Croning ceremonies are a relatively new feature. As a mostly solitary spiritual practitioner, public ceremony is not my first choice for expressing momentous passages. But 2016 pushed me out of my comfort zone. We had a wedding, a Big Fat Irish one that the Husband in Training had always wanted and which I had demurred. But having survived the wedding, I felt that I could do a croning ceremony via wifi and the World Wide Web okay. Apparently, 2016 was my year for rites of passage. Like weddings, these things take a good deal of thought and intention to be pushed into them beforehand.
I already had a crown. Actually, when I turned fifty I thought I was 'ready.' I was not. I did not have an early post-menopause and the peri- phase lasted for the best part of decade. By the time I turned 50, I was in full flush. An Irish friend who now lives in Asheville, North Carolina, made this crown with loving intent. It includes Brighid's eternal flame and the phases of the moon. There are pearls of wisdom and turquoise to express it. It ties on with a tartan ribbon, a nod to the Celtic connection, but is also a deep royal blue, fit for a crone's crown. (Thank you, Liz for your artistry and spiritual intention. It was perfect when the time came!)
When the horns of sunset sound, we gather with unlit candles and lamps in the great mound's forecourt. Between its tall stones, the gateway gapes.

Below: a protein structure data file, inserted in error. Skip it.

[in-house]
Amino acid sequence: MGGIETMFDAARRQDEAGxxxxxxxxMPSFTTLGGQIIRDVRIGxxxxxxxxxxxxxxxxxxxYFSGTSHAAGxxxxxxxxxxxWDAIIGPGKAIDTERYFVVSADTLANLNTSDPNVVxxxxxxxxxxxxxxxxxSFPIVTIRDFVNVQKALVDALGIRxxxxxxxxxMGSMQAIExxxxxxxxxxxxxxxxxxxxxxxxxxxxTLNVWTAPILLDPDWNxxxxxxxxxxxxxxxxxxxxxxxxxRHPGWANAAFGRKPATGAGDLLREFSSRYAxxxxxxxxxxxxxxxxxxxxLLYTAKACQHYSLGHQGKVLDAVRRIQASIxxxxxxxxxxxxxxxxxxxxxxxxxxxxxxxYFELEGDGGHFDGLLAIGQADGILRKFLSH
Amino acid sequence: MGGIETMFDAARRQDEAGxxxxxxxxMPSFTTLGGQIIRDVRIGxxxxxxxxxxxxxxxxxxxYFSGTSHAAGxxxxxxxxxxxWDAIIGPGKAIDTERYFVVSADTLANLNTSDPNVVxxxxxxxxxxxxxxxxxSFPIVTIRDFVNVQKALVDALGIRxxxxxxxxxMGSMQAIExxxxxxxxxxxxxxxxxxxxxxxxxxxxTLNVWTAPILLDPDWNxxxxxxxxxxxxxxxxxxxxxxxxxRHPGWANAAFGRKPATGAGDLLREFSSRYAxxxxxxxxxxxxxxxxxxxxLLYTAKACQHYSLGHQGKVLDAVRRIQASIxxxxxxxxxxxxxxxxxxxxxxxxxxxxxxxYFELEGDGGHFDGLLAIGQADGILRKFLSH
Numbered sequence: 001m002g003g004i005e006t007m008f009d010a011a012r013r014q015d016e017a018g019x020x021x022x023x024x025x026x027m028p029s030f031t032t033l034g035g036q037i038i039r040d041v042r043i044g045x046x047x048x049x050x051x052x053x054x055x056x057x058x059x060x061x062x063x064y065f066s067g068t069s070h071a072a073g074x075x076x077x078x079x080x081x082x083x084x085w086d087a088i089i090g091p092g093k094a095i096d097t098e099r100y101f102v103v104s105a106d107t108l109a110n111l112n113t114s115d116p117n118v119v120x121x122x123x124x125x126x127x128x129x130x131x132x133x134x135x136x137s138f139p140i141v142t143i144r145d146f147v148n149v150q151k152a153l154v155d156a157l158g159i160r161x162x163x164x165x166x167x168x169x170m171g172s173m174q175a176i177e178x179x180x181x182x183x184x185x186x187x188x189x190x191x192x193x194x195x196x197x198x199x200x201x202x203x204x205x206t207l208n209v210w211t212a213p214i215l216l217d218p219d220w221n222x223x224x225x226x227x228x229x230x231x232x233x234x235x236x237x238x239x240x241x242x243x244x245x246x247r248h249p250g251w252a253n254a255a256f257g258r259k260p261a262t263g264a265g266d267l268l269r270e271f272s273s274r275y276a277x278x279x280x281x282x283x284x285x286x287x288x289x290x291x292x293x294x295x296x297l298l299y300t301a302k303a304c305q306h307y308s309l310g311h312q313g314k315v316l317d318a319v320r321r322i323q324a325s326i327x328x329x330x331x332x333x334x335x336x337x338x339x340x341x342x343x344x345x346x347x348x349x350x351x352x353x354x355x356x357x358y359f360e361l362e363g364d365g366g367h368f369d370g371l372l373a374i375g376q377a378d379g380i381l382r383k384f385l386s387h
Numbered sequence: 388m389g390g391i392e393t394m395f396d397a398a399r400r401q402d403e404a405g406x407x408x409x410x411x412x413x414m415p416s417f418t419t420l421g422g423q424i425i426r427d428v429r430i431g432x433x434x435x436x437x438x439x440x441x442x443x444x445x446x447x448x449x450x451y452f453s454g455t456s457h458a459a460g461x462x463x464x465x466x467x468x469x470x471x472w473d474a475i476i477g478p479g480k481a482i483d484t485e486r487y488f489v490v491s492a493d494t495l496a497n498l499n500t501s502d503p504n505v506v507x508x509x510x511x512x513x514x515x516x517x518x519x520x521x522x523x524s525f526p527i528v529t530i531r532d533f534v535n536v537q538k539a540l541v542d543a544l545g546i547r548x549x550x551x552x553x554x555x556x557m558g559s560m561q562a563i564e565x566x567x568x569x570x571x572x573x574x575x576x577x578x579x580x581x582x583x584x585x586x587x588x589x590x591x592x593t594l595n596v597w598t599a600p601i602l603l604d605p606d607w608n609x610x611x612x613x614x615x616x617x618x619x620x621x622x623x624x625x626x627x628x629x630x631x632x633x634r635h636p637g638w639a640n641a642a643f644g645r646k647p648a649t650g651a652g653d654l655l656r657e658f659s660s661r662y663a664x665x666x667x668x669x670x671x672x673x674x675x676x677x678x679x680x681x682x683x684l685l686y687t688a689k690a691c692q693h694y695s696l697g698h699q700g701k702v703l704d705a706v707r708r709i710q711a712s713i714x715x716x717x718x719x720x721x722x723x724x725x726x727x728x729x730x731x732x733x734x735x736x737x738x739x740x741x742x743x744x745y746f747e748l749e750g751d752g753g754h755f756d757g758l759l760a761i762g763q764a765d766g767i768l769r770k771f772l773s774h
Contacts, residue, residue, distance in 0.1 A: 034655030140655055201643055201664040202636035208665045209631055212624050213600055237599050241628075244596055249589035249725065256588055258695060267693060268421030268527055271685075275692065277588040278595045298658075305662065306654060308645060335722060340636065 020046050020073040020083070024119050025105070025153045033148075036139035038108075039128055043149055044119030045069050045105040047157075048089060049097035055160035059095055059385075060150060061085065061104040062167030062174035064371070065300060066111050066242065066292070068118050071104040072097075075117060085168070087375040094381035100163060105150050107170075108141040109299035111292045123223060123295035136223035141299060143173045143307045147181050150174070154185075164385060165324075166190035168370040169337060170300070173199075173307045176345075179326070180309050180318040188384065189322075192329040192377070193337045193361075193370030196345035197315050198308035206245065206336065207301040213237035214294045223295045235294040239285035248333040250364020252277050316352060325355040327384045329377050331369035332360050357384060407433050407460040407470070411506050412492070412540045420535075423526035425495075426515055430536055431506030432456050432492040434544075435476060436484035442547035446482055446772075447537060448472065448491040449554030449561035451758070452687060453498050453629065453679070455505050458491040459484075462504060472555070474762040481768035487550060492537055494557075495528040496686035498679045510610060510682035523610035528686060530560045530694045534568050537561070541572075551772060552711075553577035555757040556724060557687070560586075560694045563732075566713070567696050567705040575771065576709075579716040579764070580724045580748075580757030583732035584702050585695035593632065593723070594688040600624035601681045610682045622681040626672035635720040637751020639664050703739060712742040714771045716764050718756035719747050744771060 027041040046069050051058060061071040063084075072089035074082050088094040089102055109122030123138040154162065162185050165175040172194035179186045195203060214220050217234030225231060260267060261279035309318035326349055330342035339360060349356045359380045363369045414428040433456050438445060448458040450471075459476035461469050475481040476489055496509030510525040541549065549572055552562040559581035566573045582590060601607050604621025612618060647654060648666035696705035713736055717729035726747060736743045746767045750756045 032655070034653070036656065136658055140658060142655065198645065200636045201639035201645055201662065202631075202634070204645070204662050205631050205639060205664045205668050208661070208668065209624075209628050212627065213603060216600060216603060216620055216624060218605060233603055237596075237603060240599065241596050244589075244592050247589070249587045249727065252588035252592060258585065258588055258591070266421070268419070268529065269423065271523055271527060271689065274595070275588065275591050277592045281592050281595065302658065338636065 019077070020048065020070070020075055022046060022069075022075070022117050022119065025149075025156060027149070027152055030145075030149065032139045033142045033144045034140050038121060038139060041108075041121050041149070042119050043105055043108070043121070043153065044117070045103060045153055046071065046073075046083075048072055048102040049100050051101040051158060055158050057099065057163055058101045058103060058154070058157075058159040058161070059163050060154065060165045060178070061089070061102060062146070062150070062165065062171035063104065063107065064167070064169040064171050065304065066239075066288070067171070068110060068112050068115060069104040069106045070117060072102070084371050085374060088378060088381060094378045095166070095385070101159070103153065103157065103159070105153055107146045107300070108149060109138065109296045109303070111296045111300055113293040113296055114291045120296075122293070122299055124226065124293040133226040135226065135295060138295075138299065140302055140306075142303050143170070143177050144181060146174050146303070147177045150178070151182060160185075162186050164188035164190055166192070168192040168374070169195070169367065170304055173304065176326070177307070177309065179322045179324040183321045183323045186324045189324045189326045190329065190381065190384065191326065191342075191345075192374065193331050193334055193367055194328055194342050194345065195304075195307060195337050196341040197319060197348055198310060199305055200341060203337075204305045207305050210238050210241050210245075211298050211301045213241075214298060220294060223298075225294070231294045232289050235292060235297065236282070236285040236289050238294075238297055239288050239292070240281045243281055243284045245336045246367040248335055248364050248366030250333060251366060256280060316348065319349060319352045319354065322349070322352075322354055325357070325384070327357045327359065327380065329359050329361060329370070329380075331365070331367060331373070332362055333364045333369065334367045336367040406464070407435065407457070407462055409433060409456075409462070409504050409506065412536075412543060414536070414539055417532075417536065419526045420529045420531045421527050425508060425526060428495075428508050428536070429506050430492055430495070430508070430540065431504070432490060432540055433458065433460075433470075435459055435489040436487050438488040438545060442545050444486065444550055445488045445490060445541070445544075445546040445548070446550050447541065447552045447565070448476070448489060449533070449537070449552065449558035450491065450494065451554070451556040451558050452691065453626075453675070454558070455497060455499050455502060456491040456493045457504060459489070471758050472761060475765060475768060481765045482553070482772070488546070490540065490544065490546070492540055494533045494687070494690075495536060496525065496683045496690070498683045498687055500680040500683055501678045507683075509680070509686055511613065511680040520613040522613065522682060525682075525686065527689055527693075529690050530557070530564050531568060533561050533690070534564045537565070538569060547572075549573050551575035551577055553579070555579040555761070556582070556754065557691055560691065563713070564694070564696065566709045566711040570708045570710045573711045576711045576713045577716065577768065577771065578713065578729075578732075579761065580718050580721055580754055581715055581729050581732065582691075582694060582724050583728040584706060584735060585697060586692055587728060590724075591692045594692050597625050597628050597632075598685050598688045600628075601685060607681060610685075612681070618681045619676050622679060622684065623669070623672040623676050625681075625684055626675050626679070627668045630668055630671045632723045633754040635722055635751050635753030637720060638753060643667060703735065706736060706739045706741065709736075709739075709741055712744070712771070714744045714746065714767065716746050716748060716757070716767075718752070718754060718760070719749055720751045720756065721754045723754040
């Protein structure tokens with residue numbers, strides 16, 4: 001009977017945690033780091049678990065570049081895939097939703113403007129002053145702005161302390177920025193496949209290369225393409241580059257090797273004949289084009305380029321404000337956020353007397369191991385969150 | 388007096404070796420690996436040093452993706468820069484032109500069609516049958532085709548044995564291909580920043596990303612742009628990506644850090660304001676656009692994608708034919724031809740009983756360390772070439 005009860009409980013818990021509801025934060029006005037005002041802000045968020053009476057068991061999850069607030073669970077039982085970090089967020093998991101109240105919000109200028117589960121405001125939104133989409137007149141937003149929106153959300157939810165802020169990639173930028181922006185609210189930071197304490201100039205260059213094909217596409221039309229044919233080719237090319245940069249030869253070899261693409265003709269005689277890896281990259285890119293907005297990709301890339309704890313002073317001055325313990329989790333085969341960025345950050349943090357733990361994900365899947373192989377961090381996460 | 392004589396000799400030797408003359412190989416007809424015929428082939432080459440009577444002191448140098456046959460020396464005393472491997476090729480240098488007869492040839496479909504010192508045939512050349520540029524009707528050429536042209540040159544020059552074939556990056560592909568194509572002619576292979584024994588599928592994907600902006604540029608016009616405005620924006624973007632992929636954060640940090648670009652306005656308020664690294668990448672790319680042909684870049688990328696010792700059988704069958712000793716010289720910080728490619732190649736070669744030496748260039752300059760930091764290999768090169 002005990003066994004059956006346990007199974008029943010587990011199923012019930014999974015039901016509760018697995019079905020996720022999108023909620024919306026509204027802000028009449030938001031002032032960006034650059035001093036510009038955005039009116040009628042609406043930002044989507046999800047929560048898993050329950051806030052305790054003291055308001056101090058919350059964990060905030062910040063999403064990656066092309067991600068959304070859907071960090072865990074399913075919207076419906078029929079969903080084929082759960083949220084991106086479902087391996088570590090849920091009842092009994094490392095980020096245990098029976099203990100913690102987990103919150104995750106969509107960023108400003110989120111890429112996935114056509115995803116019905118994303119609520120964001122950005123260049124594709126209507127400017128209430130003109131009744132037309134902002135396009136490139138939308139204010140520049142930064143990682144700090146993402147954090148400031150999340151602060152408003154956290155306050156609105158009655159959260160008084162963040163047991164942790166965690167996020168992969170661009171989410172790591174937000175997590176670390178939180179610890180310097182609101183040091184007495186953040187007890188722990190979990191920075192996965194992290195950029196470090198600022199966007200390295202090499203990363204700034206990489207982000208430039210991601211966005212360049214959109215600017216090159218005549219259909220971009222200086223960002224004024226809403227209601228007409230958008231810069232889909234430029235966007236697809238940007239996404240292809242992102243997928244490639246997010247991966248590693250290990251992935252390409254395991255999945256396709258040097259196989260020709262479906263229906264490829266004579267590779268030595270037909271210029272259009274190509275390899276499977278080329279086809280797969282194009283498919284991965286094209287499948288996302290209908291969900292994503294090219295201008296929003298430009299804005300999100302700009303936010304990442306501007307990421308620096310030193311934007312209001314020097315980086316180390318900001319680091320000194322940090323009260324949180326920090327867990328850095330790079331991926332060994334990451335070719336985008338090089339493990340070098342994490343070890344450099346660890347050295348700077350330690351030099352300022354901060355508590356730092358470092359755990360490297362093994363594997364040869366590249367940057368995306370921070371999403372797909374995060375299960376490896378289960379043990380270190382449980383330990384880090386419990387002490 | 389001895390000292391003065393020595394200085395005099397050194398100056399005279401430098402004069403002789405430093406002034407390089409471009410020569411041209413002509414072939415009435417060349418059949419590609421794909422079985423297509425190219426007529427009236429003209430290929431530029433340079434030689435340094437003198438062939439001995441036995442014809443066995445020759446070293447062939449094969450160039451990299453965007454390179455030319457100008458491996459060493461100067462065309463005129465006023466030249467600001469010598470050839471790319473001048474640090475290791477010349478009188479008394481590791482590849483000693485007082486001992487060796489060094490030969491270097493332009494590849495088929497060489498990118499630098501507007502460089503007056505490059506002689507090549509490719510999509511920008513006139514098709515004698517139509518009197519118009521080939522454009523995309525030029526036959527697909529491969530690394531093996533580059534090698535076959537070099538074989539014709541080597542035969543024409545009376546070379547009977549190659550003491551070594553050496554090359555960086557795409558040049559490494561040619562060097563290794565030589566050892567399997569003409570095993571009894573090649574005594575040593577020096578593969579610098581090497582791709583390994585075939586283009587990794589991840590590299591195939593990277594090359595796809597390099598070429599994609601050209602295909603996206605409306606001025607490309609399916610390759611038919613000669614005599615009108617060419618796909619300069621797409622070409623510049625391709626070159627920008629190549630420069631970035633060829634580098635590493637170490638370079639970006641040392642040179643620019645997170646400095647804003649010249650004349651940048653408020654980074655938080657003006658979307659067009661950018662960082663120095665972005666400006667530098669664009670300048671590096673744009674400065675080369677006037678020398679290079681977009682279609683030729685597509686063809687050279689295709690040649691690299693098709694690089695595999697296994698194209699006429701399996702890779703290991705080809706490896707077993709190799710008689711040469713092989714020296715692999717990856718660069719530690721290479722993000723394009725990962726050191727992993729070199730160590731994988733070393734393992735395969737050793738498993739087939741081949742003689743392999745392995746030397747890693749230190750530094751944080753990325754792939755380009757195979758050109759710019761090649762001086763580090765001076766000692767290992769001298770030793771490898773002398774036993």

Then he is among us, singing. I am here, I am right here among you. He shines, his antlers shine. We light from his torch and gather around him in a great wheel of fire. We sing.
Shadows slip between us and our song. Three? Nine? One by one, they snuff out our lights.
One by one, until only the god's torch still burns. They converge from all directions then, like silent hounds on a stag. He struggles, but they bring him down and kill his light. He falls. He is dead.
We’re coming up on Beltane, that magical and fiery pagan holiday that I’ve always loved and was recently feeling strangely anxious about. I’m not a crone…yet. But I’m no spring chicken, either, and I was beginning to look at the brilliant, sexy, flirty day of Beltane for what it is: a spring holiday of fertility, and wondering to myself, how do I fit into this?
'Stand at the crossroads, and look, and ask for the ancient paths, where the good way lies, and walk on them, and find rest for your soul.' 1001 Meditations (pg. 13) by Mike George
The Crone is the guardian of the crossroads, and this is Her time. As we journey through our lives we come to many crossroads; we have so many choices, so many roads not taken. How do we choose? How do we know we've made the right choice?